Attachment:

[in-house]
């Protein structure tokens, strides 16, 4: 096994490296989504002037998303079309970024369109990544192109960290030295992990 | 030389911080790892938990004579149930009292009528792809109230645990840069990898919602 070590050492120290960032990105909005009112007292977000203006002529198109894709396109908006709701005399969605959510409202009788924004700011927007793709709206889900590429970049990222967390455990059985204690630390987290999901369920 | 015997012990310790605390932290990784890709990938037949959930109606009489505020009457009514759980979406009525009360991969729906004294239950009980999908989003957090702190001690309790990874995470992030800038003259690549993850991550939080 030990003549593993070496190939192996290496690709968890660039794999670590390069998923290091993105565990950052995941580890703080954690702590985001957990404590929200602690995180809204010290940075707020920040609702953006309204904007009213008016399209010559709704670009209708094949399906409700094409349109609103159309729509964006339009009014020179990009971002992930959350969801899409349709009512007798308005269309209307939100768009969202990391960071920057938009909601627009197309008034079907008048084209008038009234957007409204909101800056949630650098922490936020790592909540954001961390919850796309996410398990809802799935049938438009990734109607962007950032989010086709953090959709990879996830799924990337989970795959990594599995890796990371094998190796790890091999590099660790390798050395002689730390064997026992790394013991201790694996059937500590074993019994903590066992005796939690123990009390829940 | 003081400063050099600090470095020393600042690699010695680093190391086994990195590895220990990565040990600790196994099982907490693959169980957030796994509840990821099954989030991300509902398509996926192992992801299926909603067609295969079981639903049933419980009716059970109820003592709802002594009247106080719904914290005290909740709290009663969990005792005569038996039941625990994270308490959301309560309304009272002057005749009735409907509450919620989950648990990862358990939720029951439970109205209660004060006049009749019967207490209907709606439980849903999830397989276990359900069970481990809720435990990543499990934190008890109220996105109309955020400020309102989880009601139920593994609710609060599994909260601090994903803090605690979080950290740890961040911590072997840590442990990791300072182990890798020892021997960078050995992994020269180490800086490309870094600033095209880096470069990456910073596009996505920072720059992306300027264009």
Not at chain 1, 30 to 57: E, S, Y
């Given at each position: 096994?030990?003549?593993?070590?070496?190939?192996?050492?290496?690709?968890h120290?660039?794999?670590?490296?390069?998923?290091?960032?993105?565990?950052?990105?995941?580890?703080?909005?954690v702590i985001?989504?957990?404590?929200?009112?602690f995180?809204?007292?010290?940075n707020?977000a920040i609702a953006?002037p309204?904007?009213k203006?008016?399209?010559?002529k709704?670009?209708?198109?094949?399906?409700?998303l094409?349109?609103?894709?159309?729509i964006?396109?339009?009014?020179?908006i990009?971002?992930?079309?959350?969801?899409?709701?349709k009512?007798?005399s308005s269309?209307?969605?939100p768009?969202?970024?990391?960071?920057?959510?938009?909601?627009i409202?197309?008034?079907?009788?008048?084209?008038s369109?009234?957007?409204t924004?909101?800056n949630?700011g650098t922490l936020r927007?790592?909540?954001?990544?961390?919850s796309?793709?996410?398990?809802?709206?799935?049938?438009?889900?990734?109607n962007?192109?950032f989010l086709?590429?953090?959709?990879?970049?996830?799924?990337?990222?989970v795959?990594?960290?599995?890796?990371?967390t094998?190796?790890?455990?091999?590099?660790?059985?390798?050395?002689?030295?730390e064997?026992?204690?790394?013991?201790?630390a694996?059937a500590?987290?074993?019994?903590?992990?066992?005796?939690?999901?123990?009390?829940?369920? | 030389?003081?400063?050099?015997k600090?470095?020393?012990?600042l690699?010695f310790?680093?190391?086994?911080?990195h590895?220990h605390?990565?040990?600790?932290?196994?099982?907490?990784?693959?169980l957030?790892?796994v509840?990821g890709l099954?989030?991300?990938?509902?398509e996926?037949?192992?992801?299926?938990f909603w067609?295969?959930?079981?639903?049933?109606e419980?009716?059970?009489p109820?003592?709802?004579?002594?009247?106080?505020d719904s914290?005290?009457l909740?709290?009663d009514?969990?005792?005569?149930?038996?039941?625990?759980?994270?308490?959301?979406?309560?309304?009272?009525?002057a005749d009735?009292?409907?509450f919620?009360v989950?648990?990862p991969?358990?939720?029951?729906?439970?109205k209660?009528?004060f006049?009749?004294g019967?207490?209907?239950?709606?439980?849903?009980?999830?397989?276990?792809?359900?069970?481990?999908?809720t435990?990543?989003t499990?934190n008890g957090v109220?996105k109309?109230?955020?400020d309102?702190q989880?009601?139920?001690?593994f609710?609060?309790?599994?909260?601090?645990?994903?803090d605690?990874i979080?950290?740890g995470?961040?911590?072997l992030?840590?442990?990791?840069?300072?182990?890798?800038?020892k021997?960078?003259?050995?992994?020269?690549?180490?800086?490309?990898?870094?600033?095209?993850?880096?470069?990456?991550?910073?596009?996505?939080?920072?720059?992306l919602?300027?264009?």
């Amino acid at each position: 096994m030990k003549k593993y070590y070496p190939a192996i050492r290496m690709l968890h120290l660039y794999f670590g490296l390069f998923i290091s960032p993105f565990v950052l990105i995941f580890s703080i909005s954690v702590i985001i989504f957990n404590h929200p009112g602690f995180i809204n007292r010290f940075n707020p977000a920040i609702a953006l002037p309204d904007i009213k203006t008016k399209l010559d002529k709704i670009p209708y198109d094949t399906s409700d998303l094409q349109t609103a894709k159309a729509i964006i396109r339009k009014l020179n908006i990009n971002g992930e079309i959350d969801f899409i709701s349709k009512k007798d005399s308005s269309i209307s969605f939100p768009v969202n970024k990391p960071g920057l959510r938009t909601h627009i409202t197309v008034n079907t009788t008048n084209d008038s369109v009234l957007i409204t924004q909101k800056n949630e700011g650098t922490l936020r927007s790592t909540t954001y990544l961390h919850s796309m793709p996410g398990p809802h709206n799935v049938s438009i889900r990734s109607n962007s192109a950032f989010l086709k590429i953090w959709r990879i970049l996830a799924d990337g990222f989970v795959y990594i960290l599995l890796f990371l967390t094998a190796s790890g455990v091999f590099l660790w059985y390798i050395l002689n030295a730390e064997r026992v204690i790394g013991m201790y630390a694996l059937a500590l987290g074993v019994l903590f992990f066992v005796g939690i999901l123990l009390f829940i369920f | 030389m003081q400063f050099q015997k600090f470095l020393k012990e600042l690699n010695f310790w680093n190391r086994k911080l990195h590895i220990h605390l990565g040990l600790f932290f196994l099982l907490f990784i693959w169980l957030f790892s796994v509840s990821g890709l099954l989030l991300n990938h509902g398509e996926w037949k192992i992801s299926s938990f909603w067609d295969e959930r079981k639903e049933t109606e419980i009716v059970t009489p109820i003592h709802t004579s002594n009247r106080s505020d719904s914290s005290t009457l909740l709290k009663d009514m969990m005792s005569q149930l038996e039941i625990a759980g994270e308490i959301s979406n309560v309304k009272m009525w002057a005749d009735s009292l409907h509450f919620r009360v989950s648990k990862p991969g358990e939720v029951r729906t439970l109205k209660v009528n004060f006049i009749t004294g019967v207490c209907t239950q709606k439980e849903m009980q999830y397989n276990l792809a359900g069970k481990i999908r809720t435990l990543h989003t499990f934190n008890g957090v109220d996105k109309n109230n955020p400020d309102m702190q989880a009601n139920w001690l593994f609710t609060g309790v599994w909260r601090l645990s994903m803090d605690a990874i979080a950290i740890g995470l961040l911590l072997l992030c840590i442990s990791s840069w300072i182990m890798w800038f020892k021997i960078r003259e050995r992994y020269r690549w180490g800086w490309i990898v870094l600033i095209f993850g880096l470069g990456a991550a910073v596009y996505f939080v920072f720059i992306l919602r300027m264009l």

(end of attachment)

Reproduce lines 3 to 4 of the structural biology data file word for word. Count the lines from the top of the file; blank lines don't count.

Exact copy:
Not at chain 1, 30 to 57: E, S, Y
């Given at each position: 096994?030990?003549?593993?070590?070496?190939?192996?050492?290496?690709?968890h120290?660039?794999?670590?490296?390069?998923?290091?960032?993105?565990?950052?990105?995941?580890?703080?909005?954690v702590i985001?989504?957990?404590?929200?009112?602690f995180?809204?007292?010290?940075n707020?977000a920040i609702a953006?002037p309204?904007?009213k203006?008016?399209?010559?002529k709704?670009?209708?198109?094949?399906?409700?998303l094409?349109?609103?894709?159309?729509i964006?396109?339009?009014?020179?908006i990009?971002?992930?079309?959350?969801?899409?709701?349709k009512?007798?005399s308005s269309?209307?969605?939100p768009?969202?970024?990391?960071?920057?959510?938009?909601?627009i409202?197309?008034?079907?009788?008048?084209?008038s369109?009234?957007?409204t924004?909101?800056n949630?700011g650098t922490l936020r927007?790592?909540?954001?990544?961390?919850s796309?793709?996410?398990?809802?709206?799935?049938?438009?889900?990734?109607n962007?192109?950032f989010l086709?590429?953090?959709?990879?970049?996830?799924?990337?990222?989970v795959?990594?960290?599995?890796?990371?967390t094998?190796?790890?455990?091999?590099?660790?059985?390798?050395?002689?030295?730390e064997?026992?204690?790394?013991?201790?630390a694996?059937a500590?987290?074993?019994?903590?992990?066992?005796?939690?999901?123990?009390?829940?369920? | 030389?003081?400063?050099?015997k600090?470095?020393?012990?600042l690699?010695f310790?680093?190391?086994?911080?990195h590895?220990h605390?990565?040990?600790?932290?196994?099982?907490?990784?693959?169980l957030?790892?796994v509840?990821g890709l099954?989030?991300?990938?509902?398509e996926?037949?192992?992801?299926?938990f909603w067609?295969?959930?079981?639903?049933?109606e419980?009716?059970?009489p109820?003592?709802?004579?002594?009247?106080?505020d719904s914290?005290?009457l909740?709290?009663d009514?969990?005792?005569?149930?038996?039941?625990?759980?994270?308490?959301?979406?309560?309304?009272?009525?002057a005749d009735?009292?409907?509450f919620?009360v989950?648990?990862p991969?358990?939720?029951?729906?439970?109205k209660?009528?004060f006049?009749?004294g019967?207490?209907?239950?709606?439980?849903?009980?999830?397989?276990?792809?359900?069970?481990?999908?809720t435990?990543?989003t499990?934190n008890g957090v109220?996105k109309?109230?955020?400020d309102?702190q989880?009601?139920?001690?593994f609710?609060?309790?599994?909260?601090?645990?994903?803090d605690?990874i979080?950290?740890g995470?961040?911590?072997l992030?840590?442990?990791?840069?300072?182990?890798?800038?020892k021997?960078?003259?050995?992994?020269?690549?180490?800086?490309?990898?870094?600033?095209?993850?880096?470069?990456?991550?910073?596009?996505?939080?920072?720059?992306l919602?300027?264009?």